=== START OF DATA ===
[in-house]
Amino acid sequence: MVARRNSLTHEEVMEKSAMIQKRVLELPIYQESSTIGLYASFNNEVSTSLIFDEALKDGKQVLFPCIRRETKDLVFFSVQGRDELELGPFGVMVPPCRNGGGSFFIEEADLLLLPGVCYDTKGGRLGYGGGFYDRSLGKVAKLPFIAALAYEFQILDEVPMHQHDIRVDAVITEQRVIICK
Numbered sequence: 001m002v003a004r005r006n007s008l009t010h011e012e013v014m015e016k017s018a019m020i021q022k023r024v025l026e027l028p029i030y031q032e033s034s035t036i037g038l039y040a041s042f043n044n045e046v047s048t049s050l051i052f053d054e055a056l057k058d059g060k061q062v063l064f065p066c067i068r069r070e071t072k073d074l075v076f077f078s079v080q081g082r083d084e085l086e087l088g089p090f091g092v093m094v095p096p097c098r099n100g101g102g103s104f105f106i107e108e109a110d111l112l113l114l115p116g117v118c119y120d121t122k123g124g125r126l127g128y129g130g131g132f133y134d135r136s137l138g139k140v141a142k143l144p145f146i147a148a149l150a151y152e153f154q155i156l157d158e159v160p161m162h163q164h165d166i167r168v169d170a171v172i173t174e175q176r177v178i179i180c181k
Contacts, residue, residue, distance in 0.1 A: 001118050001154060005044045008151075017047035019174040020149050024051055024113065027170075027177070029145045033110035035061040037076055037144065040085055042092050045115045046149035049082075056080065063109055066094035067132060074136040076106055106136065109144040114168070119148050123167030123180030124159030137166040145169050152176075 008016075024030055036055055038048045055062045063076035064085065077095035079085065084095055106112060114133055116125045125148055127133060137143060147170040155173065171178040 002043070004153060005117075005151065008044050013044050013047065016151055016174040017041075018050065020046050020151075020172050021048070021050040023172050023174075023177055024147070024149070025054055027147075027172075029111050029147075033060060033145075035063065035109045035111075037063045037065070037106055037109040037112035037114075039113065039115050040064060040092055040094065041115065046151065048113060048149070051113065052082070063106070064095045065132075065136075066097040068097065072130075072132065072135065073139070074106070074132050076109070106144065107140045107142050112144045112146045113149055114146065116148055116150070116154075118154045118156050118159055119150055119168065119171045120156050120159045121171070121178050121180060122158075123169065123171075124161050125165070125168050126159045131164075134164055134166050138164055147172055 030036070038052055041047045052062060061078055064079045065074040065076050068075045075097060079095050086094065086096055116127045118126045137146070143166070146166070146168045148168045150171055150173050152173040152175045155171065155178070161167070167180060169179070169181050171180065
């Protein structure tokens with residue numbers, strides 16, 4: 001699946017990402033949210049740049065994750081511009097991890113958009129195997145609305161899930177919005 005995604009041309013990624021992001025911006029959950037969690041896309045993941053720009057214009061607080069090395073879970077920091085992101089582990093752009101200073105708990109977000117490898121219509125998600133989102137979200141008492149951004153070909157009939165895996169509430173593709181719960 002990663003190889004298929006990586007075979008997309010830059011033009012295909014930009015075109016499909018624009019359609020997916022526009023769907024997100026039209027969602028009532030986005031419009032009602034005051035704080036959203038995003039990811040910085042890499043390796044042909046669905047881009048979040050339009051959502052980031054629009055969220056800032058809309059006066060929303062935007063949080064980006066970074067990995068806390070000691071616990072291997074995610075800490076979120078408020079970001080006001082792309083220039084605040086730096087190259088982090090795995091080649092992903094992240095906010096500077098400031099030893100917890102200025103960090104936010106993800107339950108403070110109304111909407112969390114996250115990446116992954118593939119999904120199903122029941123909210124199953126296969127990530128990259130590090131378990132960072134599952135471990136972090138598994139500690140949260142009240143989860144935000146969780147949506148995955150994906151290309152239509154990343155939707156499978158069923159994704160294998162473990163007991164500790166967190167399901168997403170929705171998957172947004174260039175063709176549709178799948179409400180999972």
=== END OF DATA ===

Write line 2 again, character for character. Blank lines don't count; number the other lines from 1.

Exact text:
Amino acid sequence: MVARRNSLTHEEVMEKSAMIQKRVLELPIYQESSTIGLYASFNNEVSTSLIFDEALKDGKQVLFPCIRRETKDLVFFSVQGRDELELGPFGVMVPPCRNGGGSFFIEEADLLLLPGVCYDTKGGRLGYGGGFYDRSLGKVAKLPFIAALAYEFQILDEVPMHQHDIRVDAVITEQRVIICK